Ultraviolet-Visible Spectroscopy – Legendshub Blog

Ultraviolet–visible spectroscopy or ultraviolet–visible spectrophotometry (UV–Vis or UV/Vis) refers to absorption spectroscopy or reflectance spectroscopy in part of the ultraviolet and the full, adjacent visible spectral regions. This means it uses light in the visible and adjacent ranges. The absorption or reflectance in the visible range directly affects the perceived color of the chemicals involved. In this region of the electromagnetic spectrum, atoms and molecules undergo electronic transitions. Absorption spectroscopy is complementary to fluorescence spectroscopy, in that fluorescence deals with transitions from the excited state to the ground state, while absorption measures transitions from the ground state to the excited state.

The energy levels involved in transitions in the UV-visible region are the electronic levels of atoms and molecules. For example, although light atoms have widely spaced energy levels, some heavy atoms have their outer orbitals close enough together to gives transitions in the visible region. This accounts for the colors of iodides. Transition metals, having partly occupied d or f orbitals, often show absorption bands in the visible region.

Principle of Ultraviolet–Visible Absorption

Organic molecules contain carbon-carbon bonds, and bonds between carbon and other elements such as hydrogen, oxygen, nitrogen, sulfur, phosphorus and the halogens. Single bonds correspond to the bonding s orbital, which has an associated antibonding sigma* orbital. Multiple bonds may also be formed and correspond to the pie bonding and pie* antibonding orbitals. Bonding orbitals have lower energy, while antibonding orbitals have higher energy. Lone pair electrons on atoms such as oxygen are little changed in energy. Thus, a molecule such as propanone (acetone) has the structure:

The single C–H and C–C bonds relate to s orbitals, the carbonyl double bond to π orbitals and the unpaired electrons on the oxygen to the nonbonding n levels. The energy levels may be grouped approximately as shown in Figure 1. Transitions between sigma and sigma* levels, and between pie and pie* are favored, and those of the n electrons to the higher levels also occur.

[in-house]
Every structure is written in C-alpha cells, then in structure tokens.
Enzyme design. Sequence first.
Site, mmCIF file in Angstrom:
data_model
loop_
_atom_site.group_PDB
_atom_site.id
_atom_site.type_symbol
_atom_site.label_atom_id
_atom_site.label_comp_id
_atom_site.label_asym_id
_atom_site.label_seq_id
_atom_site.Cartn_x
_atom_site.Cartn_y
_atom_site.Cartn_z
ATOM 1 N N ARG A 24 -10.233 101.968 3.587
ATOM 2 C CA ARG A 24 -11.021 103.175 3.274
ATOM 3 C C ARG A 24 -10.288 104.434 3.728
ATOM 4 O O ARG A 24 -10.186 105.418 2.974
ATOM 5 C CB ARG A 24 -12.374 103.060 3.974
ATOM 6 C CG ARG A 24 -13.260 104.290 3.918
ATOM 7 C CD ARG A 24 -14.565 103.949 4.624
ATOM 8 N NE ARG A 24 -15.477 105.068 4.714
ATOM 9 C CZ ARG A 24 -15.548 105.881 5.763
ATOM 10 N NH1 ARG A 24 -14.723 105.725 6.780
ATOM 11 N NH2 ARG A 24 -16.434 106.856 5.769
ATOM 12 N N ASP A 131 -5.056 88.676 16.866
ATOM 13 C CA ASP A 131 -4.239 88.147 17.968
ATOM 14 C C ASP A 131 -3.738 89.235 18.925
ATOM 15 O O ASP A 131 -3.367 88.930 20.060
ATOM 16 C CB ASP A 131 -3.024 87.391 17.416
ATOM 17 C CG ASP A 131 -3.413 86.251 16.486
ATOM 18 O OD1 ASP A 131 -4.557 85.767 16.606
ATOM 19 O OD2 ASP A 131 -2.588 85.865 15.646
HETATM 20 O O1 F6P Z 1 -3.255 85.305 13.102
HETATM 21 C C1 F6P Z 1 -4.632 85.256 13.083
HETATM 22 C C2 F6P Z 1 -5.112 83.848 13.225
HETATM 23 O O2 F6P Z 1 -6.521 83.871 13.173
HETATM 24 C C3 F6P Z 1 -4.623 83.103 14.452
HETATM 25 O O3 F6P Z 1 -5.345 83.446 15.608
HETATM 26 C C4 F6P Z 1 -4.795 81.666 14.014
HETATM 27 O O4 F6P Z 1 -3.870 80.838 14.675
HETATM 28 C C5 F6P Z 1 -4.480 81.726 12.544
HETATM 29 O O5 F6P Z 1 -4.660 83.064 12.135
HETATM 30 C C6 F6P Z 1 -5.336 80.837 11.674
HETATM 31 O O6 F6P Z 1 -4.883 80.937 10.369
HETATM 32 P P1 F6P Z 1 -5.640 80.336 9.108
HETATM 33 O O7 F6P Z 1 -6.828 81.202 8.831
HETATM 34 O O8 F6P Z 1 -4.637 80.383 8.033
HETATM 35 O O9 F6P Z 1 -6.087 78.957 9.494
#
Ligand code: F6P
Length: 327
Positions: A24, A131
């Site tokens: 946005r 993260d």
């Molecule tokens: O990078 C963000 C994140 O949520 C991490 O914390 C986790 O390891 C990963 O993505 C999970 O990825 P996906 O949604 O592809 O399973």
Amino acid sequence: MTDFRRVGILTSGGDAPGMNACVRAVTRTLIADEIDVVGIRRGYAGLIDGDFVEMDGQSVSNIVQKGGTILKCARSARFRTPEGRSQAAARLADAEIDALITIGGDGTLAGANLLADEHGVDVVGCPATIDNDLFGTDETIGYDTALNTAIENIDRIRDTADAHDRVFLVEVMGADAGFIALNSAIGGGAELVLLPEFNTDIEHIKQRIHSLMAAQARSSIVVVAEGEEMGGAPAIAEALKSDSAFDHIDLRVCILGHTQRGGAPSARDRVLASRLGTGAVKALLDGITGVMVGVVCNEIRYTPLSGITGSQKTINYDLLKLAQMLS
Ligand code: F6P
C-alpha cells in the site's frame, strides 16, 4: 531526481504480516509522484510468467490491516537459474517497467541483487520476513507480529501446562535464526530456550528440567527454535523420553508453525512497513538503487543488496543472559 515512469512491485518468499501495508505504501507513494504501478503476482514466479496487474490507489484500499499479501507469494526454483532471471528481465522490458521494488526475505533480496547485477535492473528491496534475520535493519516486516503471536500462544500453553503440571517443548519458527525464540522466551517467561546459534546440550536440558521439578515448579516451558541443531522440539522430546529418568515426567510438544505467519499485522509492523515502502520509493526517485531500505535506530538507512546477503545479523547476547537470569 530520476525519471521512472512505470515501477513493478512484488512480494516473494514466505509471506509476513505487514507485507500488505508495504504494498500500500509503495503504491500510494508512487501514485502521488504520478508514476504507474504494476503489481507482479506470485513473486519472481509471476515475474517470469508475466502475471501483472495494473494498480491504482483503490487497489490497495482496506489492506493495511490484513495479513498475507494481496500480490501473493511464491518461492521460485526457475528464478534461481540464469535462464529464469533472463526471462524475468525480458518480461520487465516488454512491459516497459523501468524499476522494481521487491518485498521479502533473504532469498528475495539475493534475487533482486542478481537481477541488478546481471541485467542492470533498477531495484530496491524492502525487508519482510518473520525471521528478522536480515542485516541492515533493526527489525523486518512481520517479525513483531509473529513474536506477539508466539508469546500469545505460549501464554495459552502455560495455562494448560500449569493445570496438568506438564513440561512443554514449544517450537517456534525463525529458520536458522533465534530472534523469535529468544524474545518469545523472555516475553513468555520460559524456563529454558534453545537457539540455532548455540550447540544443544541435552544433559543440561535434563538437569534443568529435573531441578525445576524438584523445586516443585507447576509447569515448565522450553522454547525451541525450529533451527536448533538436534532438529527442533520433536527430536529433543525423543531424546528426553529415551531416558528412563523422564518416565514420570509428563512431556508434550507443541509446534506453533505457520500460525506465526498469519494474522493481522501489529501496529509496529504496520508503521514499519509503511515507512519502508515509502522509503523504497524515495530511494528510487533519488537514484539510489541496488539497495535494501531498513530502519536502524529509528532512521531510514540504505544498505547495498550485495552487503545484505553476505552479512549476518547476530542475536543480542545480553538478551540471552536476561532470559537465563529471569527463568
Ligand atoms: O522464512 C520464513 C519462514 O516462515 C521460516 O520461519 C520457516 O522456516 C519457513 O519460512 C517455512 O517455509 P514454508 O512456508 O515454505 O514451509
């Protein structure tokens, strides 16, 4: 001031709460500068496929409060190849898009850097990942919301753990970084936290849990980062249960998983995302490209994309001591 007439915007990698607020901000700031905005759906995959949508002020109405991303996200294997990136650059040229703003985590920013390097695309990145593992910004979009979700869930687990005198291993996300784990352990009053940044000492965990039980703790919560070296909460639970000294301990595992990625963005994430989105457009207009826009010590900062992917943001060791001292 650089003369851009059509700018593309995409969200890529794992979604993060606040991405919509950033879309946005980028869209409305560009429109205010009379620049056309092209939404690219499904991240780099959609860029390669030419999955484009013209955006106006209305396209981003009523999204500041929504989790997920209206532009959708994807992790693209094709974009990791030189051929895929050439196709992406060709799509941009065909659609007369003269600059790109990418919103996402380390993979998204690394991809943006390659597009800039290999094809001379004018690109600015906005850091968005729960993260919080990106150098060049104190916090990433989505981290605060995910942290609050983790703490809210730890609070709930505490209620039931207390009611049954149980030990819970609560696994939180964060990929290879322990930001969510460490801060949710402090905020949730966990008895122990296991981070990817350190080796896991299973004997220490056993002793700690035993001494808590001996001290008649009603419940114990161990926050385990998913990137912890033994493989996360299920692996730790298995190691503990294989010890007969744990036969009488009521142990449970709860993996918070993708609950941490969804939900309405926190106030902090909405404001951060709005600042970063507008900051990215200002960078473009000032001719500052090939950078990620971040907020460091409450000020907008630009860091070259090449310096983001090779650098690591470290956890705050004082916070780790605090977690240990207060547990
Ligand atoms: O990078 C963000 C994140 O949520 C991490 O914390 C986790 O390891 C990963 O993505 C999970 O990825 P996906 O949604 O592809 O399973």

Figure 1 shows that the sigma-sigma* transitions require the largest energy change and occur at the lowest wavelengths, usually less than 190 nm, which is below the wavelengths measurable with most laboratory instrumentation. The pie-pie* transitions are very important, as they occur in all molecules with multiple bonds and with conjugated structures, such as aromatic compounds. The transitions occur around 200 nm, but the greater the extent of the conjugation, the closer the energy levels and the higher the observed absorption wavelength.

Transitions involving the lone pairs on heteroatoms such as oxygen or nitrogen may be n-sigma*, which occur around 200 nm, or n-pie*, which occur near 300 nm.

Some Important Terms in UV-Visible Spectroscopy

  • Chromophore: A covalently unsaturated group responsible for electronic absorption (e.g., C=C, C=O, esters, amides, -NO2 etc.).
  • Auxochrome: A saturated group with non-bonded electrons which, when attached to a chromophore, alters both the wavelength and the intensity of the absorption (e.g., -OH, -NH2, -NR2 -SH etc.)
  • Bathochromic Shift: The shift of absorption to a longer wavelength (also known as “red shift”).
  • Hypsochromic Shift: The shift of absorption to a shorter wavelength (also known as “blue shift”).

Applications of UV-Visible Spectroscopy

UV/Vis spectroscopy is routinely used in analytical chemistry for the quantitative determination of different analytes, such as transition metal ions, highly conjugated organic compounds, and biological macromolecules. Spectroscopic analysis is commonly carried out in solutions but solids and gases may also be studied.